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ConfessionCatholics, Repentance, and Forgiveness in America$
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Patrick W. Carey

Print publication date: 2018

Print ISBN-13: 9780190889135

Published to Oxford Scholarship Online: October 2018

DOI: 10.1093/oso/9780190889135.001.0001

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History, Pius X, and the Practice of Confession, 1900–20

History, Pius X, and the Practice of Confession, 1900–20

(p.135) Chapter 6 History, Pius X, and the Practice of Confession, 1900–20

Patrick W. Carey

Oxford University Press

This chapter demonstrates how a few Catholic seminary professors in the first two decades of the twentieth century began to reconsider and critique the nineteenth-century Catholic understanding of the history of confession in light of Henry Charles Lea’s history of auricular confession and John Henry Newman’s theory of the development of doctrine. That re-examination of the early church’s history of penance met strong resistance from Pope Pius X’s anti-modernist campaign because the new approach clashed with Trent’s understanding of the divine origin of the early church’s practice of auricular confession. The pope, however, also promoted a liturgical revival in the Church that focused on active participation in the Eucharist that had consequences for American Catholic emphases on frequent confession for children as well as adults in preparation for communion. By 1920 that Pian revival in the United States reinforced the nineteenth-century promotion of frequent and devotional confessions.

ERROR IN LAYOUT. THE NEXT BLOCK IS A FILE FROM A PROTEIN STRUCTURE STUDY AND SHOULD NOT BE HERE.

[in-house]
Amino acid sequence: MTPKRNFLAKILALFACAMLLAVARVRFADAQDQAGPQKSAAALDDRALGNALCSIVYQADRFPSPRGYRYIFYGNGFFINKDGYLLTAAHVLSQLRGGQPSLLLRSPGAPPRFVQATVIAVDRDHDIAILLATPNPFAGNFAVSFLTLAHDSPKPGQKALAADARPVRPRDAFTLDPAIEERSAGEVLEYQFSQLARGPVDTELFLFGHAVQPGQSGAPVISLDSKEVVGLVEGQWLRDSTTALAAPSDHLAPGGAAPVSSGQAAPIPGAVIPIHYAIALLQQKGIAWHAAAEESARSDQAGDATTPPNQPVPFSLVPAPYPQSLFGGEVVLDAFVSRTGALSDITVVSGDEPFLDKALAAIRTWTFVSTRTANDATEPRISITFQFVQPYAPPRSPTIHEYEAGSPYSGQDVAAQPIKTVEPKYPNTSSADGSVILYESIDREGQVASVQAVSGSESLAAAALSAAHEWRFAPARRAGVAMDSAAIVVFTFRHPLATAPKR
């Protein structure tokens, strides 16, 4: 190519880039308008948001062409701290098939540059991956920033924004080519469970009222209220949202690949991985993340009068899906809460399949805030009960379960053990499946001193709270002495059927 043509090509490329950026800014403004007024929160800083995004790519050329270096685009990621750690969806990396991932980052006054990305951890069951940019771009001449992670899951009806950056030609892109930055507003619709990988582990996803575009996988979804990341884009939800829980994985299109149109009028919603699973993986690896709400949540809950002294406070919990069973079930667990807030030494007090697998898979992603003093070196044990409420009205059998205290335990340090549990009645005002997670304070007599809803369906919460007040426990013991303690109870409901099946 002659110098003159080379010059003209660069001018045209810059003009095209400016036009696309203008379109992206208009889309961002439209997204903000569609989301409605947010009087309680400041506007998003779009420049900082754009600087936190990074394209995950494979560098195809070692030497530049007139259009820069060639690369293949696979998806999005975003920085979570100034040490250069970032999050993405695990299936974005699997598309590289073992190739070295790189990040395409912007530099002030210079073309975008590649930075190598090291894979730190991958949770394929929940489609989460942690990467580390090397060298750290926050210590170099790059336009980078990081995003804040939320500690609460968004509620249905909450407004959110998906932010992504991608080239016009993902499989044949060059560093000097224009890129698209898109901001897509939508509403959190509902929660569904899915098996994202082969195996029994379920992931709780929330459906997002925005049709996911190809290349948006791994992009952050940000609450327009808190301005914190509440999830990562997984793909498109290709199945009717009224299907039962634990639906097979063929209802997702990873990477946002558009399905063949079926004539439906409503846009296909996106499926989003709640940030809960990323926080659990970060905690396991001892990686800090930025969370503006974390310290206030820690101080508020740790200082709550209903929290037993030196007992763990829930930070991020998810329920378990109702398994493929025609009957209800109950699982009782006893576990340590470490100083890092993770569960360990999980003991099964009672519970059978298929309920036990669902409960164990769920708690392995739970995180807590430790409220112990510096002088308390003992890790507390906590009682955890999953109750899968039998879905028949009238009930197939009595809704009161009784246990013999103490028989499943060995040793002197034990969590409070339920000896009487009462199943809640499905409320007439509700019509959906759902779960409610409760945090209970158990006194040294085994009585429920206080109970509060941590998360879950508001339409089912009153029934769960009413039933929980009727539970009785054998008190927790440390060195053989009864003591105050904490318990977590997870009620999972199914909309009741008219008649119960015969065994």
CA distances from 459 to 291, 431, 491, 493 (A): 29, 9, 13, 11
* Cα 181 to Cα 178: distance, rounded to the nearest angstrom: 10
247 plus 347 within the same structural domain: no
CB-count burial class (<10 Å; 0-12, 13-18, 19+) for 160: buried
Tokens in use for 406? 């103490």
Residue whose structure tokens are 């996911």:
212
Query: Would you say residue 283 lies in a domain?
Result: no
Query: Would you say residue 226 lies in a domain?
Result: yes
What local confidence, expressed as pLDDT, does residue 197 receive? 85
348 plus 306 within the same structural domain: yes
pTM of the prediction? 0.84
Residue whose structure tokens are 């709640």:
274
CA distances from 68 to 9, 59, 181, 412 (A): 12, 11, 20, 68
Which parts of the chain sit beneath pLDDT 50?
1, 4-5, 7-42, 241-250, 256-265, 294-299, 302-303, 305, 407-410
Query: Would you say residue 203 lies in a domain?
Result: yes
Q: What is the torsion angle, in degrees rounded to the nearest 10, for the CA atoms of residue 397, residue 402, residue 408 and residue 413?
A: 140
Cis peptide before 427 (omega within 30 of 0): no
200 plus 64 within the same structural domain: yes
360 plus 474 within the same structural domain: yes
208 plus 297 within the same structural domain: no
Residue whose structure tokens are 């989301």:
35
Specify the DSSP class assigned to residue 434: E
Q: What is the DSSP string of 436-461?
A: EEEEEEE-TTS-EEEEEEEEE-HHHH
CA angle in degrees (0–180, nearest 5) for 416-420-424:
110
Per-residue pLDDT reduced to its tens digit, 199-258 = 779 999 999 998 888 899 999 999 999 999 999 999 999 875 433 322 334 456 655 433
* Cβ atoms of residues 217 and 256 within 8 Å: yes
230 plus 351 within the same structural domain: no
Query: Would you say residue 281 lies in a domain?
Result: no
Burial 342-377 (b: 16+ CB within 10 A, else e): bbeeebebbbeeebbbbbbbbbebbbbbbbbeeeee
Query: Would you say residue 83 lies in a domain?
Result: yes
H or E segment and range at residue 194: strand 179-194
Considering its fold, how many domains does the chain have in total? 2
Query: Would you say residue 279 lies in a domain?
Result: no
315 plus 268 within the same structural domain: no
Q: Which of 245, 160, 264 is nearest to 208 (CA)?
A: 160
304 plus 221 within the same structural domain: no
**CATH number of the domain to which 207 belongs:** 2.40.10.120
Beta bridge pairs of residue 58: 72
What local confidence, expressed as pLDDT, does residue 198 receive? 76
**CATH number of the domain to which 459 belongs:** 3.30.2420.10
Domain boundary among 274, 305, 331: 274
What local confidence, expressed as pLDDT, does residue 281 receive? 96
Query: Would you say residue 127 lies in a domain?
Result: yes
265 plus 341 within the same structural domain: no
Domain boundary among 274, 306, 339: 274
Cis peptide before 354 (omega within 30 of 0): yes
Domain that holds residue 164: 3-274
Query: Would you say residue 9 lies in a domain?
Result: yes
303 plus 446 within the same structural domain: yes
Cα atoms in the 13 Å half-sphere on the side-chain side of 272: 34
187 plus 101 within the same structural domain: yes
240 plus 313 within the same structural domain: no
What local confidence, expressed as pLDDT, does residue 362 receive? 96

Keywords:   history of penance, John Henry Newman, Henry Charles Lea, Pius X, Lamentabili, Pascendi, Modernism, Edward Hanna, liturgical revival, children’s confession

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